The Digital Rights Foundation says complaints to its Cyber Harassment Helpline have increased by 189% during the nationwide lockdown in Pakistan to prevent the coronavirus.
"The lockdown in Pakistan began in March after the spread of the coronavirus, after which we feared an increase in online harassment cases in particular and cyberattacks in general," the NGO said in a statement.
The organization, which works for 'digital freedom' in the country, said it received a total of 136 complaints of cyber harassment during the lockdown in March and April, 189 percent more than in January and February.
Prior to the lockdown, the organization received 47 complaints of online harassment in January and February.
The statement said that 74 percent of the complaints received in March and April were made by women while 19 percent were received by men.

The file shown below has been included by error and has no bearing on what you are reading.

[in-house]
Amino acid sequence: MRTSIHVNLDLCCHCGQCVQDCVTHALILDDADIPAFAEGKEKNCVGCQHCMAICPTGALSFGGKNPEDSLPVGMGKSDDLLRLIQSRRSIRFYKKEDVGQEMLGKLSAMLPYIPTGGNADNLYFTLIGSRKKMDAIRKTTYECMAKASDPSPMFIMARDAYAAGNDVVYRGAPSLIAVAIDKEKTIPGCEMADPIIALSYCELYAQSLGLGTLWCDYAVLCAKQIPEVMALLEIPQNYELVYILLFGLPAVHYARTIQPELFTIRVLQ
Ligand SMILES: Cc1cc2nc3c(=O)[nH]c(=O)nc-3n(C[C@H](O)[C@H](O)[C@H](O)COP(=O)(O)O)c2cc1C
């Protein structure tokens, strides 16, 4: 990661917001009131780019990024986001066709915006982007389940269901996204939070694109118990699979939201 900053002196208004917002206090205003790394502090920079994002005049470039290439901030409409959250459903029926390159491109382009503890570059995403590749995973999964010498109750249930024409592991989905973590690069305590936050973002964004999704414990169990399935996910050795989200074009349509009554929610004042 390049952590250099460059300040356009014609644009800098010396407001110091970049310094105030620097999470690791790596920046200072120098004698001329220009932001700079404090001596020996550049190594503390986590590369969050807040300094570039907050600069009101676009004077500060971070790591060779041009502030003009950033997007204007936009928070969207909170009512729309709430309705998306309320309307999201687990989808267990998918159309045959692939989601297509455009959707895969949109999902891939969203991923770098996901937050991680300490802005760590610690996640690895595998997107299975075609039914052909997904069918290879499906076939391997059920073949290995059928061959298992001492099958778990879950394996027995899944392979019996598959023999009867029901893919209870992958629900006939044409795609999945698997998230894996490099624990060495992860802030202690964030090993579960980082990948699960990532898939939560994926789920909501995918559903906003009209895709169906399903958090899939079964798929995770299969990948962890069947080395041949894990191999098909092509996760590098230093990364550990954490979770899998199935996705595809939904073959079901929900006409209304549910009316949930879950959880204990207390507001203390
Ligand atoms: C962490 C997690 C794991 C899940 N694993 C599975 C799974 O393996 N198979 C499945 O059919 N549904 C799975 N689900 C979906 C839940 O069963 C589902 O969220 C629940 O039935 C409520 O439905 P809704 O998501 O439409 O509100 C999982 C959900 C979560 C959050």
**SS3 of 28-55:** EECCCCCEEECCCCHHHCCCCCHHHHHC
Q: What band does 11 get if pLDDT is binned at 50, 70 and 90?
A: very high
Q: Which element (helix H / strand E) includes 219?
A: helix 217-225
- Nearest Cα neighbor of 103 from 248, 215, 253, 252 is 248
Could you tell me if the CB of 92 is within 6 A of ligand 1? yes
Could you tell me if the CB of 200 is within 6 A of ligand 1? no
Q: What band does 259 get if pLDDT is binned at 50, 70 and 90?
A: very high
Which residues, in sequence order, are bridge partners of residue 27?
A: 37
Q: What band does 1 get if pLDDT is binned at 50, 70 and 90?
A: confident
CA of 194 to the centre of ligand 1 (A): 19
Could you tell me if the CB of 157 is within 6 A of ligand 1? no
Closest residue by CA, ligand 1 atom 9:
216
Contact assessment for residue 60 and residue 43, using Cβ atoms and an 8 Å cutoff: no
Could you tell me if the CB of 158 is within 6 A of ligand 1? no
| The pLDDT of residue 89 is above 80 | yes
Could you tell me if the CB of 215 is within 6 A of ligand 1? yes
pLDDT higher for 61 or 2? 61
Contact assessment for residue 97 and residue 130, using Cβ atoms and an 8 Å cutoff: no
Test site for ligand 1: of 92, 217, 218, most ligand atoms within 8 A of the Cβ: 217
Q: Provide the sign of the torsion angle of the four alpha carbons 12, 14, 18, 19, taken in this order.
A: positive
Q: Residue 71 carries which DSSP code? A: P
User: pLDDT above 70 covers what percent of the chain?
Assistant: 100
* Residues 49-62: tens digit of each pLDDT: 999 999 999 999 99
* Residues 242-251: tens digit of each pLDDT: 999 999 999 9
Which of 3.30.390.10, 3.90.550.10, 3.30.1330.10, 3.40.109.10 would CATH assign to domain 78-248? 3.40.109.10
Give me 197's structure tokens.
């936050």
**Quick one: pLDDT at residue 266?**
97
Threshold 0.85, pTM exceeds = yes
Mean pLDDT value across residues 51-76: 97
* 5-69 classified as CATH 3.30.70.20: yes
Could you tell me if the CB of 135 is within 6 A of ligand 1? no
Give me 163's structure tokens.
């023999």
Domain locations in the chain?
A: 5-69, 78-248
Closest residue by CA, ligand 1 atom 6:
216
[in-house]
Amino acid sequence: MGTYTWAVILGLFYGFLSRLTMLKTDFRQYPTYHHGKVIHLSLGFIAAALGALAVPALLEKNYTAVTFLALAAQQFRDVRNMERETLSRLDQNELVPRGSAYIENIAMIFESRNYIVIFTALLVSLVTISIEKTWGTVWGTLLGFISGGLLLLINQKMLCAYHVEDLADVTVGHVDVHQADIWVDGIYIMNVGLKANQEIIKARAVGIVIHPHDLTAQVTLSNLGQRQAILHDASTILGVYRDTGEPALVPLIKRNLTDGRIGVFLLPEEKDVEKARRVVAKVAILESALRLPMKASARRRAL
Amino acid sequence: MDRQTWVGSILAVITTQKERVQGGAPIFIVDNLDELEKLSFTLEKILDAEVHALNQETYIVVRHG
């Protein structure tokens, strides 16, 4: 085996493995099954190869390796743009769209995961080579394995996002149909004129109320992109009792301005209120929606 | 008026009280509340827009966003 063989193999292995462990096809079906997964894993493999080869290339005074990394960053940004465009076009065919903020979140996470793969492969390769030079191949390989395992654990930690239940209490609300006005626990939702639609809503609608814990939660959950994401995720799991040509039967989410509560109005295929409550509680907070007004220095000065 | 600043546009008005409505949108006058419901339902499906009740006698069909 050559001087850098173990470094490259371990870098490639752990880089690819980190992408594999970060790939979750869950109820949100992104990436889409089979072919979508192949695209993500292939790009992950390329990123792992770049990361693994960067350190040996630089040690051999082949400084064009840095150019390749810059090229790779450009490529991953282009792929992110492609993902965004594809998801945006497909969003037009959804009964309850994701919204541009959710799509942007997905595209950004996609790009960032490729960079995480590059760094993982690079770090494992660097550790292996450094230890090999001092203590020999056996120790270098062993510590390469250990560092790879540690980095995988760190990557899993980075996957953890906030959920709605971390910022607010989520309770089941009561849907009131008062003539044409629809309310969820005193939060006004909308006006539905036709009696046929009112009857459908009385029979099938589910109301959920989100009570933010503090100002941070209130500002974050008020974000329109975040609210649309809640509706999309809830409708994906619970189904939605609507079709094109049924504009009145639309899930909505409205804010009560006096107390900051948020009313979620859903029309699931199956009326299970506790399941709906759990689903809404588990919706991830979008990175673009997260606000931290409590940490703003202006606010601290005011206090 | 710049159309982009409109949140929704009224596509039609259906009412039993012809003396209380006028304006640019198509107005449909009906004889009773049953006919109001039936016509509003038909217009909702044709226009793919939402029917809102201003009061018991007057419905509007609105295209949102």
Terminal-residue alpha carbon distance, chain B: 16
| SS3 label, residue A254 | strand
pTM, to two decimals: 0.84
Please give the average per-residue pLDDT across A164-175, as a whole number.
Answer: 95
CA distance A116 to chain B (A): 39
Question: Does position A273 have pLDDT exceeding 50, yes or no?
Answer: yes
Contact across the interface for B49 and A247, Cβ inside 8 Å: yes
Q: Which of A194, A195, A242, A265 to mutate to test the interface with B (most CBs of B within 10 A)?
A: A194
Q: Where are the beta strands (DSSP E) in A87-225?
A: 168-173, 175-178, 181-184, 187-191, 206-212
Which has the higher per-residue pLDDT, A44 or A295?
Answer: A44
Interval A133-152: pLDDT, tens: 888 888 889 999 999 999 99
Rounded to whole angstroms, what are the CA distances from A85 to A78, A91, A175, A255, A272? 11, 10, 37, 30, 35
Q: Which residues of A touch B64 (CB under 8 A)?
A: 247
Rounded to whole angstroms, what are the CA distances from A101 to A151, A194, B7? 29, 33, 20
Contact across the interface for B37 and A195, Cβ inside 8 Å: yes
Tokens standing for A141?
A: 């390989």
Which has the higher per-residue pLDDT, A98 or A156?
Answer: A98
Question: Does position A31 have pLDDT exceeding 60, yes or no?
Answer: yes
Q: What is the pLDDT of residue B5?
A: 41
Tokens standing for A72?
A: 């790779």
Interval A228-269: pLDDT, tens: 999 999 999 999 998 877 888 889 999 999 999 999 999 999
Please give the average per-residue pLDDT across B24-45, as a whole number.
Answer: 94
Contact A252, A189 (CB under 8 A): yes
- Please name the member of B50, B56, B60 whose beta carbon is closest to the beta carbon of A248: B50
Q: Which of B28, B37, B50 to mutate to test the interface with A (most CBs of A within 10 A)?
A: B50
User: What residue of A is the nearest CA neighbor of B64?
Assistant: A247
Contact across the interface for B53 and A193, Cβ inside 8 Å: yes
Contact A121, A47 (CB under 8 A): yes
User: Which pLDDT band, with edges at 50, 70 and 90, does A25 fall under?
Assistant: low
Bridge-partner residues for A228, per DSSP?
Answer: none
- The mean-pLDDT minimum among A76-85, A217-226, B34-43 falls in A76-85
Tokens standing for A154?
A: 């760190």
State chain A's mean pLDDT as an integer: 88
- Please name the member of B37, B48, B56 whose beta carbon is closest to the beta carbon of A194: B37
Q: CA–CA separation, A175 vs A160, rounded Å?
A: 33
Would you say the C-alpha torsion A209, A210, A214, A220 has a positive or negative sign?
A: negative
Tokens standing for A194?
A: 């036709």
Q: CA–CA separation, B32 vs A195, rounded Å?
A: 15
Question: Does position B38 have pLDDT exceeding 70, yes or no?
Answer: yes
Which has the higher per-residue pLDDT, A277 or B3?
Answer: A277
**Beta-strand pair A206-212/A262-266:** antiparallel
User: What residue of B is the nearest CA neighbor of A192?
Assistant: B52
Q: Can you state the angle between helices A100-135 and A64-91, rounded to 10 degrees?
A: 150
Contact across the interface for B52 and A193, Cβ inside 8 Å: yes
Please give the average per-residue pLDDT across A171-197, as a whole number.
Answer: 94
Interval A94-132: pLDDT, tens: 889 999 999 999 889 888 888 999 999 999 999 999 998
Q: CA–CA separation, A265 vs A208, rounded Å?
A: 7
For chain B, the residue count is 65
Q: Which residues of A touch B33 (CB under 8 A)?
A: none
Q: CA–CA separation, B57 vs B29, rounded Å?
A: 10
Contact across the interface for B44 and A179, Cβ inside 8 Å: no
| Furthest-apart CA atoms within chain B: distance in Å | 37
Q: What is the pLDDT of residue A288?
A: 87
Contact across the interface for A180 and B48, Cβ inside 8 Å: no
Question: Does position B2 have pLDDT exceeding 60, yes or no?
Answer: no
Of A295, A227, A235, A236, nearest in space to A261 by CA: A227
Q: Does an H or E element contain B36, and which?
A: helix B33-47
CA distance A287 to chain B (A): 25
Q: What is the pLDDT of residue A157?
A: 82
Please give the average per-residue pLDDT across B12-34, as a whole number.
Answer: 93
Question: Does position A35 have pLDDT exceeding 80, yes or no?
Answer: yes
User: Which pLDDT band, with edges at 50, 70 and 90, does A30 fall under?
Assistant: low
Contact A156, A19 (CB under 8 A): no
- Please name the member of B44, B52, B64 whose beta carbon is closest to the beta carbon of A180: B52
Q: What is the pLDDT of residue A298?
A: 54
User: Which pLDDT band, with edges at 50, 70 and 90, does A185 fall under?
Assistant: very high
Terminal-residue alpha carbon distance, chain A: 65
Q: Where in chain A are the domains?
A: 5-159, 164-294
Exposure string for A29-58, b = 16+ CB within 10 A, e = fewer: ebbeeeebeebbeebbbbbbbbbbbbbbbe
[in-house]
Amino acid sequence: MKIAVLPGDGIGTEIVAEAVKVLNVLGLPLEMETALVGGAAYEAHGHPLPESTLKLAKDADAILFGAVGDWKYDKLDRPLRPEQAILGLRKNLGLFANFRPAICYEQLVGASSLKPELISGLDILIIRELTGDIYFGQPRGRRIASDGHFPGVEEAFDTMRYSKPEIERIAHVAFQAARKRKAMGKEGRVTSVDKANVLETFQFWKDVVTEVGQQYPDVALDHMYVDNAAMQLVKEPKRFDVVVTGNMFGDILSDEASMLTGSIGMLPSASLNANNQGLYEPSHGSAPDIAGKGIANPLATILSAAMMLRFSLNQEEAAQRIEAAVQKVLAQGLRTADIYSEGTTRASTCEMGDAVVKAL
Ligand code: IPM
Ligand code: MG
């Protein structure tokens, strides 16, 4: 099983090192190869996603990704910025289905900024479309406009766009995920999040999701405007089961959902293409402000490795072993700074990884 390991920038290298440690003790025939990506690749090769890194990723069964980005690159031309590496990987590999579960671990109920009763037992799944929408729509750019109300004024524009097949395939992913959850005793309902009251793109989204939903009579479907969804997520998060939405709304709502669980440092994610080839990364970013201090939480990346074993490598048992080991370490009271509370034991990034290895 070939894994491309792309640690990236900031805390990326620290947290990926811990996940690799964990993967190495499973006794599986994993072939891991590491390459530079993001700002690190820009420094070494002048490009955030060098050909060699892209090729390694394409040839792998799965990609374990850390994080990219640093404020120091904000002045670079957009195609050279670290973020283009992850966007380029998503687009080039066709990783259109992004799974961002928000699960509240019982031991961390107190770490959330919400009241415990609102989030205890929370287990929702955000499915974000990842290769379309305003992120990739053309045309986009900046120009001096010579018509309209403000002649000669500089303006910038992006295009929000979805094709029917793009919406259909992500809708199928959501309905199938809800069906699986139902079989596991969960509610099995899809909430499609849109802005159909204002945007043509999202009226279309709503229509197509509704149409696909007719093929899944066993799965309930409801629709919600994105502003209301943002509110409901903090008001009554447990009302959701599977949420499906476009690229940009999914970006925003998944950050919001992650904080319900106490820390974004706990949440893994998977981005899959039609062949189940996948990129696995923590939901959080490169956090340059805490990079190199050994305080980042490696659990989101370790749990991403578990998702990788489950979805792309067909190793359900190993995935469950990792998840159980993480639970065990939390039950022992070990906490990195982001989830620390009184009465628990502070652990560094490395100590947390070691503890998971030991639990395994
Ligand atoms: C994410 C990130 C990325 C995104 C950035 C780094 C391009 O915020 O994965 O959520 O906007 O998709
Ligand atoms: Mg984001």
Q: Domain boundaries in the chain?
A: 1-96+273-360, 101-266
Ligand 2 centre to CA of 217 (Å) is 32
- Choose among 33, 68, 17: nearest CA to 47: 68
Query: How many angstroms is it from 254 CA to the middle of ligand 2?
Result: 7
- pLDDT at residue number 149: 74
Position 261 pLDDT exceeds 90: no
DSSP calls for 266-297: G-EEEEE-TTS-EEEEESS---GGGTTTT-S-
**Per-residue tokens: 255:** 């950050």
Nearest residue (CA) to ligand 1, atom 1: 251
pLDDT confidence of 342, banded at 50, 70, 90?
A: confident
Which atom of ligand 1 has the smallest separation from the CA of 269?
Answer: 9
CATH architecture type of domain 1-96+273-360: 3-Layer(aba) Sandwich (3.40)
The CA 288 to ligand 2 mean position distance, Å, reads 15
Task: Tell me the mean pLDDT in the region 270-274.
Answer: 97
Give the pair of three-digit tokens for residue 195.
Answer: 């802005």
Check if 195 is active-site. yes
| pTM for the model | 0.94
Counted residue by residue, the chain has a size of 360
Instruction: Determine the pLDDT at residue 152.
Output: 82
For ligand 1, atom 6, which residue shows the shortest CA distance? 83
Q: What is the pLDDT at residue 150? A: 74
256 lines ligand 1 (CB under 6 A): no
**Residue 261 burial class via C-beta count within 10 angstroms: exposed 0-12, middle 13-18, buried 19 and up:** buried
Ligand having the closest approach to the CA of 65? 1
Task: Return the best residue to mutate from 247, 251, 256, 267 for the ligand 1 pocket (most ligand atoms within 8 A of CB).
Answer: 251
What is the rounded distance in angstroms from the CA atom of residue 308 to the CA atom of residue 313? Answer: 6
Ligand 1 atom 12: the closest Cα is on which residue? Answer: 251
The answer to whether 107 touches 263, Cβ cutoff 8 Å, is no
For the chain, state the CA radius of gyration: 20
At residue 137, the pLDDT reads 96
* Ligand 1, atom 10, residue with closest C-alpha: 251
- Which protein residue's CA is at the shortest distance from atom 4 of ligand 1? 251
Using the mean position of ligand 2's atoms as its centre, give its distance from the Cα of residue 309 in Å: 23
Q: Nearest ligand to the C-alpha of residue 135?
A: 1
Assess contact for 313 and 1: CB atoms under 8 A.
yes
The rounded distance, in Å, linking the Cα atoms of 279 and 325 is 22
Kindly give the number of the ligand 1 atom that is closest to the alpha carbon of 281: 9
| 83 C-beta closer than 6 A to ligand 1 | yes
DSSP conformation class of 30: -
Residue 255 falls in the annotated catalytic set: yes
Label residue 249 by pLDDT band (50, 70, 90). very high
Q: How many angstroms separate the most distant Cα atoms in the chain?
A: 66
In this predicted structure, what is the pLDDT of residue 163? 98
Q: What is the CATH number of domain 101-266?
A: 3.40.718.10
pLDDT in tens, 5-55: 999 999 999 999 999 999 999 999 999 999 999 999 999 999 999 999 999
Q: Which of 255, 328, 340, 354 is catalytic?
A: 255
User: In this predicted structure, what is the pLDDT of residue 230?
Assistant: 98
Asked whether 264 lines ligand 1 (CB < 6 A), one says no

The organization's Cyber Harassment Helpline received most of the complaints during the lockdown, including blackmail by sharing someone's information, personal photos, and videos.
The organization said it also received complaints of posting hate speech, fraud, fake profiles, and defamation.
The Digital Rights Foundation said that women in Pakistan face the same problems in the digital world as gender-based violence, including sexual harassment, surveillance, unauthorized use and dissemination of personal data and distortion of personal information.
The organization has also released a list of recommendations for policymakers and law enforcement agencies.
"These recommendations relate to issues that fall within the purview of the Federal Investigation Agency (FIA)," the statement said.
It also deals with how to deal with digital harassment cases as well as how to use technology, such as allowing video testimony.